But this episode SEEMS to suggest that she chose to stay, and has a newfound sense of happiness. She’s being a better mother to Summer, sort of, finally loves Jerry, and has brought her family back together. But for some, it may seem kind of…weird that she just suddenly rekindles her love with the helpless parasite that is Jerry. We could apply some of the philosophical themes we’ve identified in earlier quick takes here: Sartre’s bad faith and radical freedom, alienation vs agency. But I’m going to propose something a little new to explain why Beth reconnects with Jerry and her overall paradigm shift. Amor Fati – the cure for common nihilism. Now, what really made me think of this is this moment: “My memory is of hating that night but now reliving it all I can feel is how lucky I am to be loved by such a simple, honest, simple man”…”this isn’t the woman you married Jerry.”
Beth, worried she’s a clone, must now confront and question her past. Not only is she still thinking about Rick’s original proposition – the ability to flee from her past – but as a possible clone, are those memories even her own, and what does that mean for her future, or her happiness? Amor Fati is a latin phrase Freddy Nietzschmeister used that means “Love of Fate.” Amor Fati is about the affirmation of life, being what Nietzsche called a “Yes-Sayer,” not to be confused with the pervasive corporate “Yes-Man”, and it’s tied to a thought experiment many refer to as “Eternal Recurrence.” To simplify, imagine a demon shows up and says he’s going to groundhog day your whole life. Do you get thrown into an existential despair because you have to infinitely relive questionable life events like the popularity of Smash Mouth and frosting your tips in middle school, or do you, to paraphrase Nietzsche, high-five that demon and say you’ve never heard anything more divine.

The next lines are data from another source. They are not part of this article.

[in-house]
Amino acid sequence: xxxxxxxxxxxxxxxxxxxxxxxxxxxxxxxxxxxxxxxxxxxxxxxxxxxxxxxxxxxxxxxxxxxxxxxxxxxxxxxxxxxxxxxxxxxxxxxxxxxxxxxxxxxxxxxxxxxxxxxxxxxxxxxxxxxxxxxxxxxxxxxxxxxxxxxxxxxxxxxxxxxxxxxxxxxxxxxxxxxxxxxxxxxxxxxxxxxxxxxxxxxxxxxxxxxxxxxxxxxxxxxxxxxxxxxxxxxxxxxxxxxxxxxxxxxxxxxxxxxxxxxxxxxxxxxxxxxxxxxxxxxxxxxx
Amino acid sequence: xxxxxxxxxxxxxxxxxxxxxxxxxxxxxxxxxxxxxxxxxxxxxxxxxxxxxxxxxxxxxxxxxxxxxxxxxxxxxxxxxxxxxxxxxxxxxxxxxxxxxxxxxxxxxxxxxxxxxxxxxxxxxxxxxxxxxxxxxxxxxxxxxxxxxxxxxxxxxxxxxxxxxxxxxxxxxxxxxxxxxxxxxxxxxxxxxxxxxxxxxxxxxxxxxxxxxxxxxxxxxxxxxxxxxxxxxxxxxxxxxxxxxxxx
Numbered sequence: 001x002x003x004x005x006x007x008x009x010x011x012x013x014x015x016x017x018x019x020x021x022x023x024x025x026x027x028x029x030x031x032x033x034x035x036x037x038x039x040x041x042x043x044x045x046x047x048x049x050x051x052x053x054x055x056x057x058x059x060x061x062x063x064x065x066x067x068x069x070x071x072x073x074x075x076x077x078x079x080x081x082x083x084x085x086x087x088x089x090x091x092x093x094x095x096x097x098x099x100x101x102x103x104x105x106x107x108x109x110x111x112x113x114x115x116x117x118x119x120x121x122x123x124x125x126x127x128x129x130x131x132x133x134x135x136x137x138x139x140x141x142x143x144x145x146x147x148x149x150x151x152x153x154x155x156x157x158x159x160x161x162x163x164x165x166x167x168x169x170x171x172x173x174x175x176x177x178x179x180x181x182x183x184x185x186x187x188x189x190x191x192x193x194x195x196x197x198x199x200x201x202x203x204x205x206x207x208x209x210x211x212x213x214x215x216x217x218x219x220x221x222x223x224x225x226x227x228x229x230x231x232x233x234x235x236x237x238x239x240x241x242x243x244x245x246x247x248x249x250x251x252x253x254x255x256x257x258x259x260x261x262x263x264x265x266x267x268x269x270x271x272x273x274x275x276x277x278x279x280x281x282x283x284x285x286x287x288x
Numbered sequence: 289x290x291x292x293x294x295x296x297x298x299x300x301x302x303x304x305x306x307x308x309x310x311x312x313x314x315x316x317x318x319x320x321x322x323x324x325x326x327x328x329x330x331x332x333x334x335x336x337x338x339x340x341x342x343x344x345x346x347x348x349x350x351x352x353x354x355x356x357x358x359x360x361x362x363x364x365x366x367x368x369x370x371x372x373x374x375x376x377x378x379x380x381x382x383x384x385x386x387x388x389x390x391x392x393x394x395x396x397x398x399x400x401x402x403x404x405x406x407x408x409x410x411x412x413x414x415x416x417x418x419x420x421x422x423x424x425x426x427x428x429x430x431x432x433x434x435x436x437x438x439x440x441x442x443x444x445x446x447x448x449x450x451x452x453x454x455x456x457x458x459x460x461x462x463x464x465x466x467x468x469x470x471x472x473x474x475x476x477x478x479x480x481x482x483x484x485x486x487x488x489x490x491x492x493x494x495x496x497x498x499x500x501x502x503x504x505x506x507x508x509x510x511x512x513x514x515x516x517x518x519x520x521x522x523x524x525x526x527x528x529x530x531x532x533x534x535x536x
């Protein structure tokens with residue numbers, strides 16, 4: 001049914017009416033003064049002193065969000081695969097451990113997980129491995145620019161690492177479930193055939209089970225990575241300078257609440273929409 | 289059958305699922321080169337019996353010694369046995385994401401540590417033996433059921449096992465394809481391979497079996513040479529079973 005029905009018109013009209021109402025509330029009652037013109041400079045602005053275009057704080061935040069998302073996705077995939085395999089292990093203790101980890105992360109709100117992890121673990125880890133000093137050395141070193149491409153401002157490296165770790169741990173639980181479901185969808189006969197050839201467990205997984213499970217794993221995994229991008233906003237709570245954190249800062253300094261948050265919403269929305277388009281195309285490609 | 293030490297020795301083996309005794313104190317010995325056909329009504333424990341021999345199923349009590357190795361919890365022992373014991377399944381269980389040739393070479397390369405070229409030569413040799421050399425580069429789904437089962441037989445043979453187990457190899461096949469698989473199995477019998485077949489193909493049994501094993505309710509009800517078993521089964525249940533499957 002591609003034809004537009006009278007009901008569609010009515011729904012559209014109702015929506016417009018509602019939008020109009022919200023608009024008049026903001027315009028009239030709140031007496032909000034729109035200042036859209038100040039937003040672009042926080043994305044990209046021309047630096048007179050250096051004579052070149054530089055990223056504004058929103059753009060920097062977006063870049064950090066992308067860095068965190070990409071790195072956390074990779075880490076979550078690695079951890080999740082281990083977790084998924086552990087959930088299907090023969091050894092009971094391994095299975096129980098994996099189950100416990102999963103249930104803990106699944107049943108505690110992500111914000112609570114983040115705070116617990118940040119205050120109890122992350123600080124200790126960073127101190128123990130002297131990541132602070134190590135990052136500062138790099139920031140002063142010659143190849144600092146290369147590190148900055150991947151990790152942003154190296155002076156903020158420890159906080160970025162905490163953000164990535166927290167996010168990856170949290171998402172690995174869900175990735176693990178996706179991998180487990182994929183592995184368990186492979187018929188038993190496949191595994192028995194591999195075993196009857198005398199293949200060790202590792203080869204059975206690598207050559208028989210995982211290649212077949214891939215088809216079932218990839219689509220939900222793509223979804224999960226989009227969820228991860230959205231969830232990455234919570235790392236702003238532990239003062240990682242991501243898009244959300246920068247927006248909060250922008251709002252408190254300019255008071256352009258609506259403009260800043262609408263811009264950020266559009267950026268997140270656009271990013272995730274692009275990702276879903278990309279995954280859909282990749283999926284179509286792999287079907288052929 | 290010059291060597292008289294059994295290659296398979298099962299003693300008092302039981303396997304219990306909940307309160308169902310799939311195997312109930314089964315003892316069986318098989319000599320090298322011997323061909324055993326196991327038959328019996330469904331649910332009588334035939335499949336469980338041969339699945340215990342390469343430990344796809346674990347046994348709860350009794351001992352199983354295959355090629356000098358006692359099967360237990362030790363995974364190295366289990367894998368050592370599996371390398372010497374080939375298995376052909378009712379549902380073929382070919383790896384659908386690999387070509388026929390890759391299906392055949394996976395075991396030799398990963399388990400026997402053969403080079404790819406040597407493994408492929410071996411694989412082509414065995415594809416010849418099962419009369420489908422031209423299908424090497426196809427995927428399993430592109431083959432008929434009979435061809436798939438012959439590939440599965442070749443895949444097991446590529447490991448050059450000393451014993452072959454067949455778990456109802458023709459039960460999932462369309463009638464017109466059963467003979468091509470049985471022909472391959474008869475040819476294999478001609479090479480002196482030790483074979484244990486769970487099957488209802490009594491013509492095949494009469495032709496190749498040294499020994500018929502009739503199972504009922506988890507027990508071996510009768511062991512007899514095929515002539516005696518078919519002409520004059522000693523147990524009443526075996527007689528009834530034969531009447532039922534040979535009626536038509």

To want to relive everything that’s happened in your life for eternity – the good, the bad, and everything in between, is the ultimate affirmation of life, it’s amor fati. And it’s part of Nietzsche’s grand plan to escape the crushing nihilism of existence. Given Beth’s existential crisis and proclivity for Rick-like disillusionment-causing intelligence , Beth has to confront her past. And, with Jerry, she gets to re-live a small part of it.. And while she may have hated her life the first time around, including, her date with Jerry, this time around she’ll be that Nietzschean Yes-Sayer. But I don’t think Beth is rewriting the past, either. She doesn’t deny the years of misery she has endured. Amor Fati isn’t about some kind of “everything is a blessing in disguise,” but it’s more about not to shun the ugly aspects of our lives. As she tells Jerry, she’s no longer the woman he married, And sure, Jerry may be an idiot, but maybe “simplicity” is what a person with a family history of using intelligence to justify sickness needs. We see another amor fati-esque moment when Beth thinks Rick has come to retire her: “I guess I was her which makes me related to her but I don’t relate to her. She left her family and me, which means I relate to them.”